In an effort to address the ongoing opioid epidemic, the White House has released the 2022 National Drug Control Strategy.

The Strategy focuses on 2 main drivers of the opioid epidemic: drug trafficking and untreated addiction. Tactics for addressing drug trafficking include obstructing the financial activities of transnational criminal organizations that manufacture illicit drugs,  reducing the supply of these drugs through domestic collaboration and international coordination, and reducing the supply of illicit drugs smuggled across US borders.

With regard to addiction, the proposal directs federal agencies to integrate harm reduction interventions, such as expanded access to naloxone, drug test strips, and syringe services programs, into the US care system. It also outlines a plan for delivering treatment to those at the highest risk of overdosing by meeting people where they are, thereby increasing access to evidence-based treatments. Additional objectives include treatment efforts focusing on increasing treatment admissions for populations most at risk of overdose death, as well as prevention efforts, particularly targeting the adolescent population.

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The Strategy also calls for removing outdated requirements that prevent widespread use of buprenorphine products for opioid use disorder treatment by licensed medical providers. Payment reform is also highlighted “so that those treating groups most at risk receive funding, and so providers can make a business case for treating more of these patients and for accepting insurance.”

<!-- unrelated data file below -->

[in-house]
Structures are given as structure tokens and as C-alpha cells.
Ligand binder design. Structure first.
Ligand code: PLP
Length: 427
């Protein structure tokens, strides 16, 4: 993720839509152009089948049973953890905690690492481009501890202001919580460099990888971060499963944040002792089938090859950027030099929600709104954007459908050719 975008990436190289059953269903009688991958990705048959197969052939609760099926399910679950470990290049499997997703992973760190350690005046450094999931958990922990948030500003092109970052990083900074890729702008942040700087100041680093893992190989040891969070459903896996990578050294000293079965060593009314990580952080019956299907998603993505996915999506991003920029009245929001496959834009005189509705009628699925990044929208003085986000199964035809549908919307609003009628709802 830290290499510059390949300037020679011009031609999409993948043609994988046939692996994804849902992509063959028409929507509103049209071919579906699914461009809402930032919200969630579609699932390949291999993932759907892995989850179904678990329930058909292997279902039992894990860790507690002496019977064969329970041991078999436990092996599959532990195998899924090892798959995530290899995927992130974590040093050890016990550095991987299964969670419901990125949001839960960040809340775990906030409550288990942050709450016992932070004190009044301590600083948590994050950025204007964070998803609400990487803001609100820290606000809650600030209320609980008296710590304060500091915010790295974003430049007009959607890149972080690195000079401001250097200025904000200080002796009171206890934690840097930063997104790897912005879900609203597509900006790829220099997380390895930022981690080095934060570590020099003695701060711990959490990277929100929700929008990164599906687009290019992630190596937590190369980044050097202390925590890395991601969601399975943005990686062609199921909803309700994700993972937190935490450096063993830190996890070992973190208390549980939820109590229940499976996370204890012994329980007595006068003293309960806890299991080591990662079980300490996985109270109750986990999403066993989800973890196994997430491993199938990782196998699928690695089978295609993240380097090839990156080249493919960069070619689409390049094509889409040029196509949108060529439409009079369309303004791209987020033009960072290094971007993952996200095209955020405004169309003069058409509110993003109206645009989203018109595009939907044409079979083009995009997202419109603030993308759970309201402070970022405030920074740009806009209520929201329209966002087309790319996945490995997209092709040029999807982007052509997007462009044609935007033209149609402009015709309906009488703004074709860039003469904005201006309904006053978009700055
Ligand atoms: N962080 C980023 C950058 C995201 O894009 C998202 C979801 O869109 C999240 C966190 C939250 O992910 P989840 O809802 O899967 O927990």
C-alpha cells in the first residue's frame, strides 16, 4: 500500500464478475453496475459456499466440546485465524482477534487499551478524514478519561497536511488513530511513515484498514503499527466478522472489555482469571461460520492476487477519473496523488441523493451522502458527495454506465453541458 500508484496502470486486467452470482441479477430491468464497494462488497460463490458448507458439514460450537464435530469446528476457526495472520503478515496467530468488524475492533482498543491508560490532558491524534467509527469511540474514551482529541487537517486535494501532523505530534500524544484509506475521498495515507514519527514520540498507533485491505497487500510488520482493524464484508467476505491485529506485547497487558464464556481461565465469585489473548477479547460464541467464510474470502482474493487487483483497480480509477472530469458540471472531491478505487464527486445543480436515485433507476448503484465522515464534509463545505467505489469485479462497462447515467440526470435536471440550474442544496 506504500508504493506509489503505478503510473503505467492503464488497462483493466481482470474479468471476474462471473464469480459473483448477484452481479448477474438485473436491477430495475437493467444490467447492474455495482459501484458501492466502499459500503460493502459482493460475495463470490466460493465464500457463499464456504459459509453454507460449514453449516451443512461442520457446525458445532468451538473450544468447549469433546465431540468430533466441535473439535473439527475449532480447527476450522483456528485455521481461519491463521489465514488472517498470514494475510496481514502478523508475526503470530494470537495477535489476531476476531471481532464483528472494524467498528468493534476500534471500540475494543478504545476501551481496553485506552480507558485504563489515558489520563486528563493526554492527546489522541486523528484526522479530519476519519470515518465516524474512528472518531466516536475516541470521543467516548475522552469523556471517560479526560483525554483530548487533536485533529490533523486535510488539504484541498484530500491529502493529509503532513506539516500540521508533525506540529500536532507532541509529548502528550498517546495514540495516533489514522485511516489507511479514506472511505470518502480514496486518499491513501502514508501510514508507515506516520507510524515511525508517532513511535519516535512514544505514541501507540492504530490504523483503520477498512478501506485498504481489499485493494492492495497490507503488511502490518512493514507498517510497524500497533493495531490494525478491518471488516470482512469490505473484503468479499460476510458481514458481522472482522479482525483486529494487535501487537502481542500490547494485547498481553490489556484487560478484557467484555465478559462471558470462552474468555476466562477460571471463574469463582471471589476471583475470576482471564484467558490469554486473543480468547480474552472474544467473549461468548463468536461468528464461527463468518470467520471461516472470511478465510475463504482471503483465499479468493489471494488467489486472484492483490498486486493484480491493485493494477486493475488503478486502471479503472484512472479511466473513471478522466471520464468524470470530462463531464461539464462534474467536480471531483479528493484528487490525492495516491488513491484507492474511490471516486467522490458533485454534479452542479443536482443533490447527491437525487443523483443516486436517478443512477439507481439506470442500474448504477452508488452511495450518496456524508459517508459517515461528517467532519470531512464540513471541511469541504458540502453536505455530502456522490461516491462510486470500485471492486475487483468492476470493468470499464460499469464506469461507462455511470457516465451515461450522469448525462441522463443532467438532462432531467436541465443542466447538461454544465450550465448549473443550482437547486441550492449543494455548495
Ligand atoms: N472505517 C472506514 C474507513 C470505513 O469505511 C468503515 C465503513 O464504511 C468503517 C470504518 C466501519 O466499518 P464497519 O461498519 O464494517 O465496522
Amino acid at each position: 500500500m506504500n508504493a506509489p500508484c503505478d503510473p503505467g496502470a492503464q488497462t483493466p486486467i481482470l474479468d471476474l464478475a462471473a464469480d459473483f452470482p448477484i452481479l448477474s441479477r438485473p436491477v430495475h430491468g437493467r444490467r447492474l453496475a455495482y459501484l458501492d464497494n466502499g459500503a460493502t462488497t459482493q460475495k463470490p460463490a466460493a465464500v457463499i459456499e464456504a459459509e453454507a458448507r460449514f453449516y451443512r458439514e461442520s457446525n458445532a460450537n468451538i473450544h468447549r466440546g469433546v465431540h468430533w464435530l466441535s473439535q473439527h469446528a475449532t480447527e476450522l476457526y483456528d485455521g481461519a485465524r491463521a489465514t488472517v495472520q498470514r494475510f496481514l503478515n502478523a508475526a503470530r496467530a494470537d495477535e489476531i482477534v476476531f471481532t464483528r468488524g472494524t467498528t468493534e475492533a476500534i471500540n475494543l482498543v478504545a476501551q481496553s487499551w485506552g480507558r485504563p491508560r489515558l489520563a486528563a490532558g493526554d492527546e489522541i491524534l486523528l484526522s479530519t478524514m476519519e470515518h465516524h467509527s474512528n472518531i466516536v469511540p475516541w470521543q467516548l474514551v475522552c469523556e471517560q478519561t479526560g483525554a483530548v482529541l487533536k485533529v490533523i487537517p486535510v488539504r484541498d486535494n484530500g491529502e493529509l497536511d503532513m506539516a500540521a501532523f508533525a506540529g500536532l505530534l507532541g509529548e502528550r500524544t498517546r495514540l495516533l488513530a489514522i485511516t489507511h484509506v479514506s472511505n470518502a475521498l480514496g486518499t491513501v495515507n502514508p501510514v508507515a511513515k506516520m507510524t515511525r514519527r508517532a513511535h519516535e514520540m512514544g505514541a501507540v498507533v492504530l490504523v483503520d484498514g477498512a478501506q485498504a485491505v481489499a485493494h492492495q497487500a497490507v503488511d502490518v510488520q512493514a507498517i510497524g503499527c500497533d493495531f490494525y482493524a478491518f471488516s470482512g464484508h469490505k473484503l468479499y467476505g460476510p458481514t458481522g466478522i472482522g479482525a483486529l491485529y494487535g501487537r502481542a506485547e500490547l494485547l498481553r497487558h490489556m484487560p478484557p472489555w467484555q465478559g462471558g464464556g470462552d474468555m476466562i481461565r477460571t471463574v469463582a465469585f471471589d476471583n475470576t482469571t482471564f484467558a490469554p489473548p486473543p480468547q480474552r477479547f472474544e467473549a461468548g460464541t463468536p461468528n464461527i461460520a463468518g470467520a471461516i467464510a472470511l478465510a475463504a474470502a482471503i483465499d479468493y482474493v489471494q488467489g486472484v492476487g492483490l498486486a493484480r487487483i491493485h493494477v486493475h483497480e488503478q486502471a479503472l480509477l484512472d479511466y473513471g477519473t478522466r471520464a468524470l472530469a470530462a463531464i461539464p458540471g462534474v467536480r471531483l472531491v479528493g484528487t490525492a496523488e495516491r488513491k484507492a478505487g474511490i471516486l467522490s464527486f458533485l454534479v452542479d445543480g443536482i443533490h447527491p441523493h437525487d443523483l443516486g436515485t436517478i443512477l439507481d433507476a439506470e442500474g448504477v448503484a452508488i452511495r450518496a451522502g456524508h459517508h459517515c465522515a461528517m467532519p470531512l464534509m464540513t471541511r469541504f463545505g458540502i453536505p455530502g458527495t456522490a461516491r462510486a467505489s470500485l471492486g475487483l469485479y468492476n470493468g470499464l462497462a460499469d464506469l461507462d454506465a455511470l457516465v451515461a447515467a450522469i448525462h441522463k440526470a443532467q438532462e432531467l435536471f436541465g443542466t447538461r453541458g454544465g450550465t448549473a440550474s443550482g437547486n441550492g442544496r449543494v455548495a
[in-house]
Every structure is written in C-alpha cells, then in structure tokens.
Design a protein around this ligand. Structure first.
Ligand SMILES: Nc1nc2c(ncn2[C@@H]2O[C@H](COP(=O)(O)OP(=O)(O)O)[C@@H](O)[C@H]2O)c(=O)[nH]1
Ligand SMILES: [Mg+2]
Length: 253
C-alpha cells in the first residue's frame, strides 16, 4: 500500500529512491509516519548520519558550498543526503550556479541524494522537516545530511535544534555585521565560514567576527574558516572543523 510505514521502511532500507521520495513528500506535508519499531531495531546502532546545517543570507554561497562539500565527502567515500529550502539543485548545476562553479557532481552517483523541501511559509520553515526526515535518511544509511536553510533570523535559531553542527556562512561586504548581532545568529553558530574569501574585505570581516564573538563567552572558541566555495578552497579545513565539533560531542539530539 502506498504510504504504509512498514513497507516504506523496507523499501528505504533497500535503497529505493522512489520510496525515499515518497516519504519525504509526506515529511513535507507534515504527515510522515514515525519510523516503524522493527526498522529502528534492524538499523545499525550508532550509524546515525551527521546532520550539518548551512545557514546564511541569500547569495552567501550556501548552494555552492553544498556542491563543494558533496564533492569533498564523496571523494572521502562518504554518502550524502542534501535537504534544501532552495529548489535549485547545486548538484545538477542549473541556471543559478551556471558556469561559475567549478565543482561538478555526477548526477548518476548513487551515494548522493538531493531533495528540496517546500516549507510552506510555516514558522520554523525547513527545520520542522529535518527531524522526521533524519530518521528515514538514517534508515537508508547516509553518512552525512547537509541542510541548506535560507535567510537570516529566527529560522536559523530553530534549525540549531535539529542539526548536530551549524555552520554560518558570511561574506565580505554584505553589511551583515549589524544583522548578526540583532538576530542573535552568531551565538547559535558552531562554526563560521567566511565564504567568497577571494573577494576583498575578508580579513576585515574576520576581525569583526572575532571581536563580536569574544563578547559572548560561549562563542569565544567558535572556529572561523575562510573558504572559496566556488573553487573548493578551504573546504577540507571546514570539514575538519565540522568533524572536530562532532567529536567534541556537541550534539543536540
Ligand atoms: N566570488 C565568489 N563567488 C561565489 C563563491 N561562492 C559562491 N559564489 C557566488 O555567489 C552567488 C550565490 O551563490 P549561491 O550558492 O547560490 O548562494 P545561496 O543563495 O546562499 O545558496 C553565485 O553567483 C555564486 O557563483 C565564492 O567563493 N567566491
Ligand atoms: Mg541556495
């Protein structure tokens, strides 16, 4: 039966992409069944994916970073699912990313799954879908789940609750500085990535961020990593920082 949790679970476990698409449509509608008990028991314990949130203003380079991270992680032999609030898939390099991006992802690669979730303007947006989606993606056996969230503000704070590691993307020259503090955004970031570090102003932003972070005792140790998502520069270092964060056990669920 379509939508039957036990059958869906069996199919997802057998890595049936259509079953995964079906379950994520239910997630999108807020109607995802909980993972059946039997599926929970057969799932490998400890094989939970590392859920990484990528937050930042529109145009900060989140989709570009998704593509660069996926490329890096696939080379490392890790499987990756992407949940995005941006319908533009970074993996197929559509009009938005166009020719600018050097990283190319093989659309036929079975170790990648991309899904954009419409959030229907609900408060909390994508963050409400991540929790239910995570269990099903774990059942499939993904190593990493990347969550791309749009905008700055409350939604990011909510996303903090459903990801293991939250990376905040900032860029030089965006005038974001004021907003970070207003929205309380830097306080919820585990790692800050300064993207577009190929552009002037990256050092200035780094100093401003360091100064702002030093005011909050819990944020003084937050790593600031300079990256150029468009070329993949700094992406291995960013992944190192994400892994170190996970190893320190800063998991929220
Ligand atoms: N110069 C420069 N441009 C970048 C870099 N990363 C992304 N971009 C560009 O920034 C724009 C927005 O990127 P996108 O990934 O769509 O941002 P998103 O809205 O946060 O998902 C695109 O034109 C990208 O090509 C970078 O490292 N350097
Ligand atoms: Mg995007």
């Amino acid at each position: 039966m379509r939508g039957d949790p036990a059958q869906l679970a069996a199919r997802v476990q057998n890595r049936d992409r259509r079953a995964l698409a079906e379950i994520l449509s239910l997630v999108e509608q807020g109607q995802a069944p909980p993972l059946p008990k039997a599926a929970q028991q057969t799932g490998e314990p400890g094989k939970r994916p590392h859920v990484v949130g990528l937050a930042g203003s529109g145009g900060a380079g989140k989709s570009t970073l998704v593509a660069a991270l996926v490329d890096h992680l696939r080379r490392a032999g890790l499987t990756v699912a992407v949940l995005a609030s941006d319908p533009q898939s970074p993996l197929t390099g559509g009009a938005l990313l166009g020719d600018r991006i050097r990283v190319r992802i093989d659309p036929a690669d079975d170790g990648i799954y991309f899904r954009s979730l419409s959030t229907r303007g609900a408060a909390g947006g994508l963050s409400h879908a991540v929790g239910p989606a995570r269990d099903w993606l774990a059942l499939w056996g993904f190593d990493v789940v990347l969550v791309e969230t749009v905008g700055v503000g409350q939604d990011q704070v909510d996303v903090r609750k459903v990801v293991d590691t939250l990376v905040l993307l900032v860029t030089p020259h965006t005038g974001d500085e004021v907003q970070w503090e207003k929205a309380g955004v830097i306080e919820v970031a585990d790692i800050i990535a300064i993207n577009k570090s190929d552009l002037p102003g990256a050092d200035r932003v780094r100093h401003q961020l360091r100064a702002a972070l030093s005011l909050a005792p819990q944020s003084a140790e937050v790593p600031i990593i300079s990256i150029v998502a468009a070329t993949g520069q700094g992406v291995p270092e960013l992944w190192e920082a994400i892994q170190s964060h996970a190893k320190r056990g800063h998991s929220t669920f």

Responding to the Strategy, the American College of Physicians (ACP) released a statement approving the plan, specifically noting the importance of promoting harm reduction strategies, developing addiction curriculum for medical schools, and reforming criminal justice policies.

“[Substance use disorder] poses a heavy societal burden, endangering individual and family health and well-being, tearing through communities and sapping resources from the health care system, more needs to be done to improve access to care,” said George M. Abraham, MD, MPH, MACP, FIDSA, president, ACP. “We look forward to working with the administration to implement policies to help better treat [substance use disorder].”


  1. White House Releases 2022 National Drug Control Strategy that outlines comprehensive path forward to address addiction and the overdose epidemic. News release. April 21, 2022.
  2. Internal medicine physicians say White House strategy would improve treatment for substance use disorders. News release. April 22, 2022.

This article originally appeared on MPR